21: Prenatal diagnosis

Prenatal diagnosis

Lisa C. Zuckerwise1Karen Archabald2 and Joshua Copel1

Department of Obstetrics, Gynecology & Reproductive Sciences, Division of Maternal‐Fetal Medicine, Yale School of Medicine, New Haven, CT, USA

Legacy Health, Portland, OR, USA


Screening for aneuploidy has become an important part of routine obstetrical care. In 2007, the American College of Obstetricians and Gynecologists (ACOG) recommended that all women, regardless of maternal age, be offered aneuploidy screening before 20 weeks of gestation and be given the option of invasive testing [1, 2]. Options for screening and diagnosis depend on the gestational age at time of presentation for care as well as patient preference and availability of resources. This chapter will discuss the advantages and limitations of the various methodologies available.

Clinical questions

  1. 1. In pregnant women at high‐risk for aneuploidy based on personal history or screening, what is the sensitivity and specificity of cell‐free fetal DNA ( cfDNA ) analysis for detection of Trisomy 21 and Trisomy 18? What about in low‐risk women?

Cell‐free fetal DNA can be detected in maternal blood during pregnancy [3]. These small fragments of DNA actually derive from placental cells, so they more accurately reflect the DNA makeup of the placenta. The first report of cfDNA to diagnose Trisomy 21 occurred in 2008 and was by the massively parallel shotgun sequencing technique. Other techniques for analyzing cfDNA have been validated by various laboratories, including selective sequencing of target chromosomes and single nucleotide polymorphism (SNP)‐based methods. These all rely on next‐generation sequencing technology and advanced bioinformatics analysis and possess similarly high sensitivities and specificities for detection of Trisomy 21 and Trisomy 18 [46]. An early nested case control study of a cohort of 4664 high‐risk pregnancies for Trisomy 21 in 27 centers validated the use of cfDNA as a diagnostic tool. Women were classified as high‐risk based on maternal age, family history or a positive serum and/or sonographic screening test. cfDNA was compared to conventional karyotype analysis. Trisomy 21 was detected in 98.6% (209/212) of positive cases, the false‐positive rate was 0.20% (3/1471), and the testing failed in 13 pregnancies (0.8%). Subsequent larger studies and meta‐analyses have confirmed that cfDNA analysis is a very powerful screening tool for both Trisomy 21 and Trisomy 18 in the high‐risk population, with an overall sensitivity and specificity of >99% [7, 8].

In low‐risk women, the prevalence of aneuploidy is considerably lower. As a result, while the sensitivity and specificity of any given screening test are unchanged, the clinical significance of a positive test is altered. This is important when considering the use of circulating free DNA (cfDNA) in the low‐risk obstetric population. Based on this principle, both the Society for Maternal‐Fetal Medicine and the ACOGs currently recommend conventional screening methods as the most appropriate choice for first‐line screening in the routine obstetric population. [9]. Despite this recommendation, there is a growing body of evidence that cfDNA analysis remains a powerful tool for detecting Trisomy 21 and Trisomy 18 even in the general obstetric population. A primary series of almost 2000 women at multiple centers presenting for routine prenatal care compared performance of standard aneuploidy screening (serum biochemical assays with or without NT measurement) with cfDNA in order to primarily assess the rates of false positive results. In this low‐risk population with a mean age of 29.6 years, the false positive rates were significantly lower for cfDNA than with standard screening for Trisomy 21 (0.3% versus 3.6%) and for Trisomy 18 (0.2% versus 0.6%). Positive predictive values were also favorable for cfDNA compared to standard screening, with positive predictive value (PPV) of 45.5% versus 4.2% for Trisomy 21 and PPV of 40.0% versus 8.3% for trisomy 18, [4]. For counseling purposes as well as clinical applicability, it is important to recognize that based on these findings in the low‐risk (i.e. younger age) population, there is still less than 50% chance of a fetus actually having Trisomy 21 or trisomy 18 with a positive cfDNA result. A subsequent larger prospective, multicenter, blinded study compared standard screening (NT and biochemical analytes) with cfDNA testing in a routine obstetric population. The average age of the more than 15 000 women included was 30.7 years. In this study, the sensitivity of standard screening for detecting Trisomy 21 was 78.9%, compared to 100% (38 of 38) for cfDNA. False positive rates were 5.4% in the standard screening and 0.06% in the cfDNA groups, and positive predictive values were 3.4% for standard screening, compared to 80.9% for cfDNA. All of these results were statistically significant [10]. While the positive predictive value in this study was higher than previously reported, it is still a function of the overall prevalence in the given population. Individual patient positive predictive values can be calculated with a tool found at www.perinatalquality.org/Vendors/NSGC/NIPT.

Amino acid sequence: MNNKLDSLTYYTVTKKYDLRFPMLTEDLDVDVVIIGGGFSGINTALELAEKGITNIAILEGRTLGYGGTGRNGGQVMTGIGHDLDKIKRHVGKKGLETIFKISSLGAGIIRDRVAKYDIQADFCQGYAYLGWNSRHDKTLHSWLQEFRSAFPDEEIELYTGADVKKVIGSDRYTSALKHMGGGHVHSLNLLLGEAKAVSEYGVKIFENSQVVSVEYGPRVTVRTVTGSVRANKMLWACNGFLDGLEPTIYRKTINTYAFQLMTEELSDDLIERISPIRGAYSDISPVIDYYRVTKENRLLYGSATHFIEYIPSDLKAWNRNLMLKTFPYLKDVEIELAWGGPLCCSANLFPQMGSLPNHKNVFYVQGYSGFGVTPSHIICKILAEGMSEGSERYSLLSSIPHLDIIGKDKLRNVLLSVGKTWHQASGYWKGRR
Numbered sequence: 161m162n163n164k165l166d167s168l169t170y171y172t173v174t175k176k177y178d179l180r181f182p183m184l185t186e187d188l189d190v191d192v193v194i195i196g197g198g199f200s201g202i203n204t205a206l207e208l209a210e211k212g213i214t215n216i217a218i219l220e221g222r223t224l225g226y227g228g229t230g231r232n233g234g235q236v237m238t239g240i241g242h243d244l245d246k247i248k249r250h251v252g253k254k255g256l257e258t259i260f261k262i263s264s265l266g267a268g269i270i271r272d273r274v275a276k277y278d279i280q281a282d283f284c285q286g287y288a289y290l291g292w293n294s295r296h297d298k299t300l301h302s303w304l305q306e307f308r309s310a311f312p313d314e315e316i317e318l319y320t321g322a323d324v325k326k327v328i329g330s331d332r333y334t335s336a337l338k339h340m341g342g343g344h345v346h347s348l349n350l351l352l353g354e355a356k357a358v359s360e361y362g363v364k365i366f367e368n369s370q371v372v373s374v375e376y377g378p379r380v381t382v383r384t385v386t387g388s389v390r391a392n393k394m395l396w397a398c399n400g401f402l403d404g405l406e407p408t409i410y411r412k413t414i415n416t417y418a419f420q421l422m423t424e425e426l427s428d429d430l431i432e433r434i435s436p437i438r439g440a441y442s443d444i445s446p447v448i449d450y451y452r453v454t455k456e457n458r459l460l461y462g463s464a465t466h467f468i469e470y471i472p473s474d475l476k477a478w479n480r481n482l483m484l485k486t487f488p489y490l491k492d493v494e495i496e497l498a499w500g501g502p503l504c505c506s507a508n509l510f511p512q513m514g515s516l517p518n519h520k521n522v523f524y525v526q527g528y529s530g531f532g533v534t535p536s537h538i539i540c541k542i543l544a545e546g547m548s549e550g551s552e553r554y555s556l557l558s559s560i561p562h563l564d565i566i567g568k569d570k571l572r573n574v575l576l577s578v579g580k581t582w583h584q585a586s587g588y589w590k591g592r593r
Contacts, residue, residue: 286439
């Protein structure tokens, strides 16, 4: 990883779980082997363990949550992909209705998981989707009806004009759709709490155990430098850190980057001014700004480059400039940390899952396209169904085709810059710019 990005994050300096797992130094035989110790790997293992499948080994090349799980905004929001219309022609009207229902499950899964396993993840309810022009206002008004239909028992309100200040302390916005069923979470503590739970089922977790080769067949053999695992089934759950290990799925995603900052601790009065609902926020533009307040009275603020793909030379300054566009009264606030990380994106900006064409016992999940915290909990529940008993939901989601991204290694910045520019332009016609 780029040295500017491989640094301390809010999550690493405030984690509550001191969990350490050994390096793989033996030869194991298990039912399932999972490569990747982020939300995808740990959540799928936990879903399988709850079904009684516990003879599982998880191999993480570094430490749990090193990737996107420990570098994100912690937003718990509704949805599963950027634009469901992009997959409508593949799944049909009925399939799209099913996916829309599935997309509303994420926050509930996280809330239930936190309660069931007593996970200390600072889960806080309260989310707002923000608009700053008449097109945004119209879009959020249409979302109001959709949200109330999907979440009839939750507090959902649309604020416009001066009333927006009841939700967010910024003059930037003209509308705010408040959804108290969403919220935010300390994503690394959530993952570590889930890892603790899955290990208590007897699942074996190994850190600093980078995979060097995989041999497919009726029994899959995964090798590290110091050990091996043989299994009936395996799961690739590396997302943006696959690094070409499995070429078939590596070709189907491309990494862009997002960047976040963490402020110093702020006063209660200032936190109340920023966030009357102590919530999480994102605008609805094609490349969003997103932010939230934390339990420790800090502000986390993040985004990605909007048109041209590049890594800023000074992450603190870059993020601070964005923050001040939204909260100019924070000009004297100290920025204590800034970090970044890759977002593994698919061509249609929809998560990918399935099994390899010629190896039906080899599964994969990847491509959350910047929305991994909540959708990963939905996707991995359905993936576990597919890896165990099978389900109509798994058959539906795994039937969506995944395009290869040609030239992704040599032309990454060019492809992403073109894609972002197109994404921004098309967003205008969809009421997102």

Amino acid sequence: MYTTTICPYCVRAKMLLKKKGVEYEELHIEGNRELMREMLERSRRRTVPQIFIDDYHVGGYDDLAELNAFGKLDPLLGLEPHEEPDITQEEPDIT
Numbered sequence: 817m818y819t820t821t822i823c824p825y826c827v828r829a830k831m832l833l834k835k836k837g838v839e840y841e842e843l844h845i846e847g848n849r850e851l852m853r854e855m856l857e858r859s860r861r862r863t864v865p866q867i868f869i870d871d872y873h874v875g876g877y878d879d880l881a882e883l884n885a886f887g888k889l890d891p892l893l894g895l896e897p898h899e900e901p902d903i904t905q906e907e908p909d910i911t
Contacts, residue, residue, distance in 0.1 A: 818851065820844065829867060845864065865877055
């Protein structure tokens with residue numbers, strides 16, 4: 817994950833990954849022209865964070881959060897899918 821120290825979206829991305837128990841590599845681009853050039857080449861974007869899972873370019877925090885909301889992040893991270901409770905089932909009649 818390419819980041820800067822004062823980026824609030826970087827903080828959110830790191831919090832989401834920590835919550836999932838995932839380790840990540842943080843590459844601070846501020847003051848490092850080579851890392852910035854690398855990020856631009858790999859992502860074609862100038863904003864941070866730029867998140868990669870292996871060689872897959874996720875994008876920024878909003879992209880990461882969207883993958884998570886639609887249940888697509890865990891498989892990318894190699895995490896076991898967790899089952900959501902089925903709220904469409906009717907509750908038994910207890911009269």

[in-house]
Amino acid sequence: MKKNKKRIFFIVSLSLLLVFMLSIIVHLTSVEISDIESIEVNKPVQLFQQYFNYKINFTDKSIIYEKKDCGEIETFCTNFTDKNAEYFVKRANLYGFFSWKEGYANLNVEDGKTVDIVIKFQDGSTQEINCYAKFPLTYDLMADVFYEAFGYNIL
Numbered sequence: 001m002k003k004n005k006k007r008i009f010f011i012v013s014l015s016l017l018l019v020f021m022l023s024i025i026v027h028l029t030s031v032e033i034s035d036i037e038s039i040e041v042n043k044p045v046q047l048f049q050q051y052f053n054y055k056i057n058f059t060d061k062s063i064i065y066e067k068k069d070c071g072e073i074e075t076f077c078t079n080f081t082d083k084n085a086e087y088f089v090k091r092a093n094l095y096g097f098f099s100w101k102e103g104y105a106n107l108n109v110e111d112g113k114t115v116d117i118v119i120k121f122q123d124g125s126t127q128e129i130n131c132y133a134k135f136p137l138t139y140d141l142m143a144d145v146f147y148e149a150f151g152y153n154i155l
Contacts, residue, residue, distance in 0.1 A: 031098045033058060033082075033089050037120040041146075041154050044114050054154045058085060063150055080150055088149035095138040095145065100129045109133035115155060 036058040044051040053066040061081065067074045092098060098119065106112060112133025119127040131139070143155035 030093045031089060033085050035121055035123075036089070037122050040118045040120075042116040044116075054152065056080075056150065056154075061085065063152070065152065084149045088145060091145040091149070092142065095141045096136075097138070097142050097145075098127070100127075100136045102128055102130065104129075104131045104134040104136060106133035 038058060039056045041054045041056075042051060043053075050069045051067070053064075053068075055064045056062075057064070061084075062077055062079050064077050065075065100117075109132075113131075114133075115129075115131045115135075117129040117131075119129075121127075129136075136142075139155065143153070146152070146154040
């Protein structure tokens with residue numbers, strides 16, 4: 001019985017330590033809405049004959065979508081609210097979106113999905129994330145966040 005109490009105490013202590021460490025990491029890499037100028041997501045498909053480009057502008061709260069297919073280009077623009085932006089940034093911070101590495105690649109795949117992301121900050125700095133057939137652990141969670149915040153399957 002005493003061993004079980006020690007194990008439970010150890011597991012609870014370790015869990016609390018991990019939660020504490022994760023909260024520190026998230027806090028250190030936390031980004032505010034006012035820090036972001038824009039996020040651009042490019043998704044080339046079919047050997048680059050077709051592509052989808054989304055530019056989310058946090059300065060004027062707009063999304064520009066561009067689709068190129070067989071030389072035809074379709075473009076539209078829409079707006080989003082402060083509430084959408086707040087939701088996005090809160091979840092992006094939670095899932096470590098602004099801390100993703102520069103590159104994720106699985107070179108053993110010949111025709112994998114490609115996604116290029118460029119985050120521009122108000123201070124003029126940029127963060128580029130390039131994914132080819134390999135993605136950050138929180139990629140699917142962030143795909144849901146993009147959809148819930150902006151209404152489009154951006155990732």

In order to obtain a meaningful result from cfDNA analysis, there must be an adequate fraction of fetal DNA (fetal fraction) in the maternal blood. In most patients, samples drawn after 10 weeks gestation will provide adequate fetal fractions, meaning >8% of fetal DNA; however, in some cases, there will be fetal fraction too low to report (0–4%) or an intermediate amount (4–8%), where a result can be given but with compromised sensitivity. Low fetal fraction is associated with maternal obesity, and multiple studies have demonstrated an inverse relationship between fetal fraction and maternal weight [11-13]. One large study of 22 384 pregnant patients who underwent cfDNA testing found that about 20% of women weighing over 130 kg and 30% weighing over 140 kg have a fetal fraction less than 4% [11]. While this is clinically important in itself, given the increasing prevalence of obesity in the general population, there is also evidence that a failed result for cfDNA is associated with aneuploidy. In a large prospective study on performance of cfDNA to detect trisomy, which included over 18 000 patients, those with failed results due to low fetal fraction (<4%) had an aneuploidy risk of 4.7%, which was significantly higher than the overall cohort rate of 0.4% [10]. This increased risk of aneuploidy in fetuses with failed cfDNA results has been reported in smaller studies as well [14], highlighting the importance of genetic counseling following failed results, including a recommendation for either repeat cfDNA analysis or invasive testing for aneuploidy.